Co-founder of Mad Devs
The work of IT teams is done for the people who are paying to them, i.e. clients. Even if you are working on an internal product, everything has its customer and buyer.
There is a saying “He who pays the piper calls the tune”. However, there is a limit, and every request must be considered wisely. Blindly following demands of inexperienced IT stakeholders isn’t a good strategy. It might result in the ludicrous final product, which is conflicting with the quality and professional skills your company offers.
It is important to build a long-term relationship with a customer, who has the possibility and willingness to pay regularly and steadily.
A good customer will even increase the contract amount with the growth of the project. This can only be achieved if your work brings value and revenue to the customer.
Below I present a list of common principles of work communication with clients. Following them will allow you to build a successful product. These guidelines are applicable to all customer-facing roles in software development.
This means that you have to put yourself in customers’ shoes and discover the motives of their requests and goals. Motives can be obvious or hidden (see the Mom Testbook for more details).
If you feel that you don’t have enough information to get a full scope of the task — you need to ask for it. You are about to invest your time in solving these problems. You need to understand all the aspects before setting priorities. Everything has to be completely transparent. If you have received a task or a user story and spot contentious issues or gaps, you have to make sure to fill them in. Try to get the full story to be on the same page with your client.
You and your customer look differently at tasks and their solutions. The client may talk about one thing, think about another one, and expect something completely different. By using customer affinity, you will be able to speak one language with your customer and use it for creating a detailed plan for your entire team.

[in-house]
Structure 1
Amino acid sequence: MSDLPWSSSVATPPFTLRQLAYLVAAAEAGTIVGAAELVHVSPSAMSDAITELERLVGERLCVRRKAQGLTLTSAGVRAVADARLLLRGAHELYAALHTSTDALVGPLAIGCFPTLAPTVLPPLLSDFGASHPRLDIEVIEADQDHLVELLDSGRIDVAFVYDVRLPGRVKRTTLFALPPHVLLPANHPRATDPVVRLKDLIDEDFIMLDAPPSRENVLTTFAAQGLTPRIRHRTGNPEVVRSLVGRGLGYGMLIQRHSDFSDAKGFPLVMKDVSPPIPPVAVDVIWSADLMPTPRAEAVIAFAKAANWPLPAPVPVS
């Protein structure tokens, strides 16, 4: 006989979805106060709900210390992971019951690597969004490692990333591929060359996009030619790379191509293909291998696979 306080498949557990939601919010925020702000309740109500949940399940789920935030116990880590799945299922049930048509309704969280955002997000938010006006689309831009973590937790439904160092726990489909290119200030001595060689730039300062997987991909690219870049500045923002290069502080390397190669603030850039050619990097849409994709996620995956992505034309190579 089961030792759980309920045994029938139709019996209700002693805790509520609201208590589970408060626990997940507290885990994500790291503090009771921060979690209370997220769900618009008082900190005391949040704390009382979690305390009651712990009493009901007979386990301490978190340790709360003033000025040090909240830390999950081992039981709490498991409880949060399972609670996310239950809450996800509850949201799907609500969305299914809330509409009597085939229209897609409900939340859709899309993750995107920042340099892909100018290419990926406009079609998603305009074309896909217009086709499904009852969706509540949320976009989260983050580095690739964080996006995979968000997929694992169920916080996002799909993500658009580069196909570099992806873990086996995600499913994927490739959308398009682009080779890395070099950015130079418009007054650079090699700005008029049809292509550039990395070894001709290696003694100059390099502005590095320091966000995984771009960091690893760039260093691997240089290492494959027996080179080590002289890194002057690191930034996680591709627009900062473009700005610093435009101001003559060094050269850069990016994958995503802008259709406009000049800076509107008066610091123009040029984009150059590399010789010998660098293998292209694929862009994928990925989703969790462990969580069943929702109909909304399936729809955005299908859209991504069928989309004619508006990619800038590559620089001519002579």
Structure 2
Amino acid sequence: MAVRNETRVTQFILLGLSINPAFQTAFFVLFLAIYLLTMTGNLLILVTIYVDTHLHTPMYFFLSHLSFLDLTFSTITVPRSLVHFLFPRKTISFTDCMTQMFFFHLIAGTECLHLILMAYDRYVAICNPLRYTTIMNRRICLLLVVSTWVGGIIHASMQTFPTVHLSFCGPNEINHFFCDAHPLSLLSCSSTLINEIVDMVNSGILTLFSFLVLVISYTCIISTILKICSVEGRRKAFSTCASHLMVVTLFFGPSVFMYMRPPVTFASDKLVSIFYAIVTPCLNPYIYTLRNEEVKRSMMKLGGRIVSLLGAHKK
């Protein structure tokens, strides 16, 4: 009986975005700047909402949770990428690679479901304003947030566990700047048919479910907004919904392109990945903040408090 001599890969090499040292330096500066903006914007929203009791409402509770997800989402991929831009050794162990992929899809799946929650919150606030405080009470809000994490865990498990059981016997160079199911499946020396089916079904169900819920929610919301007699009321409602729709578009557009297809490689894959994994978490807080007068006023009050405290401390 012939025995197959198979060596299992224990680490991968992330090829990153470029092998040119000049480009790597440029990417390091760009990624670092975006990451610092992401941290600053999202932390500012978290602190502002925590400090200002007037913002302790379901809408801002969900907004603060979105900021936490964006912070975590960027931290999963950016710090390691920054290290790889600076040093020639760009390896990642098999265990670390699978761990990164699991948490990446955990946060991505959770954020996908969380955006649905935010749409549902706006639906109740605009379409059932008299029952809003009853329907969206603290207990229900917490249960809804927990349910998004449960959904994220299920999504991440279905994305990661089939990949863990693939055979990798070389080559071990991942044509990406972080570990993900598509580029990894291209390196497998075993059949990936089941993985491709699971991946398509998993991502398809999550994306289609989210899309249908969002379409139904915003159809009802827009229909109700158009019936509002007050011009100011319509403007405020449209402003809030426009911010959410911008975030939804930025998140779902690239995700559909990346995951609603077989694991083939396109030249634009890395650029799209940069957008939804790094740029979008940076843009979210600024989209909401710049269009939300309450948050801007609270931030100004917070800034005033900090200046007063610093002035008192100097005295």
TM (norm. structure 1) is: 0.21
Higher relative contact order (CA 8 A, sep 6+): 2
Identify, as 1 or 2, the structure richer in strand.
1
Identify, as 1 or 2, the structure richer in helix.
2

Successful implementation of customer affinity practice enables you to see the business concept.
Most of your clients are using your services to gain profit for their businesses. However, not always they are following their own goals. Sometimes their tasks are not business-focused and even create obstacles for making more money. For example, the client’s acquaintance advised them to add a new feature, or they are asking to create a reporting tool, which they will never use. Features with low or zero business value may take your team a bulk of time. All these issues must be raised, discussed, and pointed at. The majority of the clients are sensible people, so they will see that your arguments make sense.
2. Don’t be overly straightforward. Sometimes clients keep insisting on useless tasks. “I want it this or no other way!” In such a case, try to reveal the hidden motives of your customer by asking questions. Why the task is so necessary to implement? Most often your clients know end-users better than you, and you need to rely on their expertise.
A compromise may be to release a ‘feature MVP’ on production and receive first feedback from end-users. If the experience is negative, the customer will admit their mistake. Next time they will follow your advice. However, if the user feedback is positive, you have partly lost your credibility in the eyes of the customer, and you will have to follow their recommendations more often in the future.
Most of the companies are carefully choosing their clients. Therefore, if you have partnered with someone, you have to remember the following:
This is especially important in establishing relationships with remote clients. Here I would like to provide some useful extracts from the book “Remote. Office Not Required” by Jason Fried:
Nevertheless, you have to remember that from the moment you signed the contract you and your client are one team. You two go hand in hand to your mutual goal. That’s why establishing a strong bond with a customer should be a priority for the entire technical team. Being respectful, considerate, always open-minded, and available for a discussion is the foundation of a long-standing partnership.
Besides, it is essential to ensure that your client is feeling involved and present in the project despite the distance that might keep you apart. A trustful and strong relationship with the client is key to a great experience of working on the project.
Previously published at blog.maddevs.io.